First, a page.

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Issue Alert - 07-02-03 Revised

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Apr 17, 2007

Program Area:

Family Independence Program (FIP)

Issue Summary:

Beginning February 1, 2007, Extended Family Independence Program (EFIP) will provide $10 per month for 6 months to certain working families whose FIP cases otherwise would close due to earnings

Persons Affected:

Families that become ineligible for “regular” FIP because of earnings

For More Information:

Center for Civil Justice 320 S. Washington, 2nd Floor Saginaw, MI 48607 (989) 755-3120, (800)724-7441 Fax: (989) 755-3558 E-mail:

Michigan Poverty Law Program 611 Church Street, Suite 4A Ann Arbor, MI 48104-3000 (734) 998-6100 (734) 998-9125 Fax


The Family Independence Program (FIP) provides cash assistance to very low income families with children.  When a family’s earnings increase, they may become ineligible for FIP because their budgeted income is over the allowable level.  


In order to avoid monetary penalties from the federal government, Michigan must ensure that 50% of the work eligible families on FIP are in countable, work-related activities for a required number of hours each week.  This is known as the “federal work participation rate requirement.”


By keeping working families on FIP, Michigan will increase its work participation rate and be less likely to suffer federal penalties. 

The interim policy bulletin announcing the EFIP benefit is Program Policy Bulletin 2007-003, available online at

What's Happening?

Effective April 2007, the EFIP policy is in Program Eligibility Manual item 519, DHS bulletins and policy manuals are available online at or by using the quick link at the Michigan Poverty Law Program (MPLP) website,  Look for the relevant manual (or the bulletin log) under the Financial Assistance heading.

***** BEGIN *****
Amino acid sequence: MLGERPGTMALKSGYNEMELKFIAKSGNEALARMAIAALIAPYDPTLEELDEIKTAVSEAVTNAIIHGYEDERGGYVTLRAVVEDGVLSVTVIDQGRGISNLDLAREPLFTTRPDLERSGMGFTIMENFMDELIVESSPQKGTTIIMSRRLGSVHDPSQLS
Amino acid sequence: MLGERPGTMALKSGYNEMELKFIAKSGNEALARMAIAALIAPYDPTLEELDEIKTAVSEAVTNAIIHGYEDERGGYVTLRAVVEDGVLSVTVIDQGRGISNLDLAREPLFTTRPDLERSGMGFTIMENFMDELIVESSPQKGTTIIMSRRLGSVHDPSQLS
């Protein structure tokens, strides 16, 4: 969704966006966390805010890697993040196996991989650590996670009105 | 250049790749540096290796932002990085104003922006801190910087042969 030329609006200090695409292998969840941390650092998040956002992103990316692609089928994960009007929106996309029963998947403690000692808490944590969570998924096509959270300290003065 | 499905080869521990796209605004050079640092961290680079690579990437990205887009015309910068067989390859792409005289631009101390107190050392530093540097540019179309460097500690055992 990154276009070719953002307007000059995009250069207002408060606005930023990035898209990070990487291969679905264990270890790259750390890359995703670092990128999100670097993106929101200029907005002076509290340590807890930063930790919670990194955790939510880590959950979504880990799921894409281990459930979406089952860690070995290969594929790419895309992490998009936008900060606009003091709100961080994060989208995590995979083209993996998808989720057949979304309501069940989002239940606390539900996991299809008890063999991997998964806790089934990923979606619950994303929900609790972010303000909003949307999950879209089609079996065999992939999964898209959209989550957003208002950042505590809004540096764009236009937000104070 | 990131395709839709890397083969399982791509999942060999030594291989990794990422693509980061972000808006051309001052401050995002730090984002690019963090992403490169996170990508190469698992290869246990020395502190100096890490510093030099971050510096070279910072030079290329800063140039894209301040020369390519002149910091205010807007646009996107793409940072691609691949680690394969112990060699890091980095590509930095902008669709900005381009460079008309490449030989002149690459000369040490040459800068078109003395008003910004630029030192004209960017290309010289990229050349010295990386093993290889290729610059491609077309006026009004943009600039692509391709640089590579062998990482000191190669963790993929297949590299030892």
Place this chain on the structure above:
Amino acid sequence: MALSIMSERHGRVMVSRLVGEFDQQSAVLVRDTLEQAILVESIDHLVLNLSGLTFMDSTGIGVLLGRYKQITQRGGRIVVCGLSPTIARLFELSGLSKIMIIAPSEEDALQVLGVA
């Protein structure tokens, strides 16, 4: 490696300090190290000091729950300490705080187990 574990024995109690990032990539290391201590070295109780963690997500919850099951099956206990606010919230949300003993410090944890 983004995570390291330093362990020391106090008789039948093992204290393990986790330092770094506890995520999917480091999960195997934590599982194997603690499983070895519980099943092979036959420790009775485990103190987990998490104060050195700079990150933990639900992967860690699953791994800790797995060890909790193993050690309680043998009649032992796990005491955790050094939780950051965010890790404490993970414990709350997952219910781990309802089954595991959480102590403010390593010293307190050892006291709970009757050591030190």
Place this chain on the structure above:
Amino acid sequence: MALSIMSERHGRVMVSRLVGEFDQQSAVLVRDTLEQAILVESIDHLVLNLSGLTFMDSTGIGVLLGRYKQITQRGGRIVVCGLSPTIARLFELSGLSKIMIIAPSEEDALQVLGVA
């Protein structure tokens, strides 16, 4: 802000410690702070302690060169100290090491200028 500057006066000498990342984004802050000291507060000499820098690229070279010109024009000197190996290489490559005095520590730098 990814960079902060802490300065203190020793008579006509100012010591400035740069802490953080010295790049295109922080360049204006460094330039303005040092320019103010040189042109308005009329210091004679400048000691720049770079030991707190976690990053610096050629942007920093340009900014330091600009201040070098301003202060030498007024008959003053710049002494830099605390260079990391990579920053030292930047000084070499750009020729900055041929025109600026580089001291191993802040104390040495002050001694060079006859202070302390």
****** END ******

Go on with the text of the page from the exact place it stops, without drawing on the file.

Beginning February 1, 2007, families that become ineligible for FIP because of earnings will qualify for Extended FIP (EFIP) benefits of $10 per month for 6 months, if the amount of child support that they expect to receive is less than $60 per month.   The families must meet all other FIP eligibility requirements, including Work First requirements when applicable.  In addition, DHS will terminate EFIP if they know that no one in the group has earnings.


When a family is transferred from “regular” FIP to EFIP, DHS must determine whether they remain eligible for Low Income Family (LIF) Medicaid or whether they must be transferred to Transitional Medicaid (TMA).  


While the family is on EFIP, they do not have to report changes in income or family composition.  However, they must meet all other FIP eligibility requirements.  DHS will monitor expected child support to determine whether the family becomes ineligible for EFIP because child support is expected to exceed $60 per month.